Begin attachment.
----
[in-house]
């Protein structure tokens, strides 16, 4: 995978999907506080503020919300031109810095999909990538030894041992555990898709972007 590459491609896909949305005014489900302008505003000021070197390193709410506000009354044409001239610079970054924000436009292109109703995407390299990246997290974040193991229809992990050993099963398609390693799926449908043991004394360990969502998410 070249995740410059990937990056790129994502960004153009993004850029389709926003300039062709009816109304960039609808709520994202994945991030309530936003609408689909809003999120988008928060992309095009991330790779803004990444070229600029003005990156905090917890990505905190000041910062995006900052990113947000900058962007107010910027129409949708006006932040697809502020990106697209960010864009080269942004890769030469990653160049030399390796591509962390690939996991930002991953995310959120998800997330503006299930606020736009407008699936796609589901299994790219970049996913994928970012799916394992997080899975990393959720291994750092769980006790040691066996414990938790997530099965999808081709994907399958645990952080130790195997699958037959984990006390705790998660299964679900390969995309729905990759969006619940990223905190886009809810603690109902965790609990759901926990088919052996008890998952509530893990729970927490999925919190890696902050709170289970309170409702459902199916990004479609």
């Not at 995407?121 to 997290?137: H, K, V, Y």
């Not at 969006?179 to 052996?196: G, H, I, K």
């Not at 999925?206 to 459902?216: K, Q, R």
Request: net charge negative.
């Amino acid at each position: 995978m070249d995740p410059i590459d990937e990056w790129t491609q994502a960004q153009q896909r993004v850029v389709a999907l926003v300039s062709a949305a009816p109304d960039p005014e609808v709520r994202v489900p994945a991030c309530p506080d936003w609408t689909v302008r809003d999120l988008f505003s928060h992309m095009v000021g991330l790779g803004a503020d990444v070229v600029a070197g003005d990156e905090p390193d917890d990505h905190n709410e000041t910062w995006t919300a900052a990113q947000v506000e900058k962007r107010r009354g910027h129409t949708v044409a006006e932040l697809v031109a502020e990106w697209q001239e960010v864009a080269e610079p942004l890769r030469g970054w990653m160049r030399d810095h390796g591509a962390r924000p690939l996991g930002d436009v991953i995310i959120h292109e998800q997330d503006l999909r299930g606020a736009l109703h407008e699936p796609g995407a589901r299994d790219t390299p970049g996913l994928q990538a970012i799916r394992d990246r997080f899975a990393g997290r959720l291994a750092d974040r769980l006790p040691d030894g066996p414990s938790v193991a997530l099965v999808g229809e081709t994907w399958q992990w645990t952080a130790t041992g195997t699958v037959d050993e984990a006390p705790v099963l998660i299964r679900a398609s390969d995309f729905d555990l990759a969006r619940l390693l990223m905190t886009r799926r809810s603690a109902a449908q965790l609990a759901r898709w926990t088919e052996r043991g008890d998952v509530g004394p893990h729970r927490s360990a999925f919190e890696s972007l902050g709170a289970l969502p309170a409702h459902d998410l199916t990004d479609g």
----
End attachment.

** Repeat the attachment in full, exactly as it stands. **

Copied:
[in-house]
């Protein structure tokens, strides 16, 4: 995978999907506080503020919300031109810095999909990538030894041992555990898709972007 590459491609896909949305005014489900302008505003000021070197390193709410506000009354044409001239610079970054924000436009292109109703995407390299990246997290974040193991229809992990050993099963398609390693799926449908043991004394360990969502998410 070249995740410059990937990056790129994502960004153009993004850029389709926003300039062709009816109304960039609808709520994202994945991030309530936003609408689909809003999120988008928060992309095009991330790779803004990444070229600029003005990156905090917890990505905190000041910062995006900052990113947000900058962007107010910027129409949708006006932040697809502020990106697209960010864009080269942004890769030469990653160049030399390796591509962390690939996991930002991953995310959120998800997330503006299930606020736009407008699936796609589901299994790219970049996913994928970012799916394992997080899975990393959720291994750092769980006790040691066996414990938790997530099965999808081709994907399958645990952080130790195997699958037959984990006390705790998660299964679900390969995309729905990759969006619940990223905190886009809810603690109902965790609990759901926990088919052996008890998952509530893990729970927490999925919190890696902050709170289970309170409702459902199916990004479609």
């Not at 995407?121 to 997290?137: H, K, V, Y």
């Not at 969006?179 to 052996?196: G, H, I, K």
């Not at 999925?206 to 459902?216: K, Q, R």
Request: net charge negative.
């Amino acid at each position: 995978m070249d995740p410059i590459d990937e990056w790129t491609q994502a960004q153009q896909r993004v850029v389709a999907l926003v300039s062709a949305a009816p109304d960039p005014e609808v709520r994202v489900p994945a991030c309530p506080d936003w609408t689909v302008r809003d999120l988008f505003s928060h992309m095009v000021g991330l790779g803004a503020d990444v070229v600029a070197g003005d990156e905090p390193d917890d990505h905190n709410e000041t910062w995006t919300a900052a990113q947000v506000e900058k962007r107010r009354g910027h129409t949708v044409a006006e932040l697809v031109a502020e990106w697209q001239e960010v864009a080269e610079p942004l890769r030469g970054w990653m160049r030399d810095h390796g591509a962390r924000p690939l996991g930002d436009v991953i995310i959120h292109e998800q997330d503006l999909r299930g606020a736009l109703h407008e699936p796609g995407a589901r299994d790219t390299p970049g996913l994928q990538a970012i799916r394992d990246r997080f899975a990393g997290r959720l291994a750092d974040r769980l006790p040691d030894g066996p414990s938790v193991a997530l099965v999808g229809e081709t994907w399958q992990w645990t952080a130790t041992g195997t699958v037959d050993e984990a006390p705790v099963l998660i299964r679900a398609s390969d995309f729905d555990l990759a969006r619940l390693l990223m905190t886009r799926r809810s603690a109902a449908q965790l609990a759901r898709w926990t088919e052996r043991g008890d998952v509530g004394p893990h729970r927490s360990a999925f919190e890696s972007l902050g709170a289970l969502p309170a409702h459902d998410l199916t990004d479609g």